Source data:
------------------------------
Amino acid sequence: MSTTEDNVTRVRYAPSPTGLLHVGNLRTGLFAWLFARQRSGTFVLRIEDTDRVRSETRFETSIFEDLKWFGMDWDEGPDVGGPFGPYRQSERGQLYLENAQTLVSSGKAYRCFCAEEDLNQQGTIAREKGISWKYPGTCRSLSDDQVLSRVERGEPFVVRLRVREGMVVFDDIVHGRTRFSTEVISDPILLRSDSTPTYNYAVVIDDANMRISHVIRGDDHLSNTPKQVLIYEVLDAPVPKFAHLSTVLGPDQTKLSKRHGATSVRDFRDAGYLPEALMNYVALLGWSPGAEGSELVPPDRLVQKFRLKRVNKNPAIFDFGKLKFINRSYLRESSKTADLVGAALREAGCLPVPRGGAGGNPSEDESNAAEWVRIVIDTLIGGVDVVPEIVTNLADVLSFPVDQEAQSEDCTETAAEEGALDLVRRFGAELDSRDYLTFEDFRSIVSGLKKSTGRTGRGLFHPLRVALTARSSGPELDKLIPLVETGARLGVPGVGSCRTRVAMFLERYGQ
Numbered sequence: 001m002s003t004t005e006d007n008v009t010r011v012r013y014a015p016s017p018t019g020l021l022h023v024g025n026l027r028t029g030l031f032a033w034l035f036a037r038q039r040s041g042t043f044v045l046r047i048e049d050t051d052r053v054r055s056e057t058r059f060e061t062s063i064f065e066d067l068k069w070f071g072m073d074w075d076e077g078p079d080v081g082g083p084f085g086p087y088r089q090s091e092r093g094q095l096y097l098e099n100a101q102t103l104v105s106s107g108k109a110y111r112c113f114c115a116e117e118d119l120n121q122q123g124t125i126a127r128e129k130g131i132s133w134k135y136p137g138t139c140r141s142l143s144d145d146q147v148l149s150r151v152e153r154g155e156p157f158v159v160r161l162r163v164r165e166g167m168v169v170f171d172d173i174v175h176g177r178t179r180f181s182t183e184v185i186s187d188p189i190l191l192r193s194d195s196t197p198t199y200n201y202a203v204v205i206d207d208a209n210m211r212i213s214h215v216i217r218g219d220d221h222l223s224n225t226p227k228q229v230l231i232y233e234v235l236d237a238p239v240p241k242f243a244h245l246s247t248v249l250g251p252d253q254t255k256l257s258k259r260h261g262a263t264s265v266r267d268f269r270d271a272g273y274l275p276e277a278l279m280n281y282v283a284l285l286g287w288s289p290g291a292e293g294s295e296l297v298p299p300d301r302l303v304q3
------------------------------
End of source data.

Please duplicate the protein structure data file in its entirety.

Amino acid sequence: MSTTEDNVTRVRYAPSPTGLLHVGNLRTGLFAWLFARQRSGTFVLRIEDTDRVRSETRFETSIFEDLKWFGMDWDEGPDVGGPFGPYRQSERGQLYLENAQTLVSSGKAYRCFCAEEDLNQQGTIAREKGISWKYPGTCRSLSDDQVLSRVERGEPFVVRLRVREGMVVFDDIVHGRTRFSTEVISDPILLRSDSTPTYNYAVVIDDANMRISHVIRGDDHLSNTPKQVLIYEVLDAPVPKFAHLSTVLGPDQTKLSKRHGATSVRDFRDAGYLPEALMNYVALLGWSPGAEGSELVPPDRLVQKFRLKRVNKNPAIFDFGKLKFINRSYLRESSKTADLVGAALREAGCLPVPRGGAGGNPSEDESNAAEWVRIVIDTLIGGVDVVPEIVTNLADVLSFPVDQEAQSEDCTETAAEEGALDLVRRFGAELDSRDYLTFEDFRSIVSGLKKSTGRTGRGLFHPLRVALTARSSGPELDKLIPLVETGARLGVPGVGSCRTRVAMFLERYGQ
Numbered sequence: 001m002s003t004t005e006d007n008v009t010r011v012r013y014a015p016s017p018t019g020l021l022h023v024g025n026l027r028t029g030l031f032a033w034l035f036a037r038q039r040s041g042t043f044v045l046r047i048e049d050t051d052r053v054r055s056e057t058r059f060e061t062s063i064f065e066d067l068k069w070f071g072m073d074w075d076e077g078p079d080v081g082g083p084f085g086p087y088r089q090s091e092r093g094q095l096y097l098e099n100a101q102t103l104v105s106s107g108k109a110y111r112c113f114c115a116e117e118d119l120n121q122q123g124t125i126a127r128e129k130g131i132s133w134k135y136p137g138t139c140r141s142l143s144d145d146q147v148l149s150r151v152e153r154g155e156p157f158v159v160r161l162r163v164r165e166g167m168v169v170f171d172d173i174v175h176g177r178t179r180f181s182t183e184v185i186s187d188p189i190l191l192r193s194d195s196t197p198t199y200n201y202a203v204v205i206d207d208a209n210m211r212i213s214h215v216i217r218g219d220d221h222l223s224n225t226p227k228q229v230l231i232y233e234v235l236d237a238p239v240p241k242f243a244h245l246s247t248v249l250g251p252d253q254t255k256l257s258k259r260h261g262a263t264s265v266r267d268f269r270d271a272g273y274l275p276e277a278l279m280n281y282v283a284l285l286g287w288s289p290g291a292e293g294s295e296l297v298p299p300d301r302l303v304q3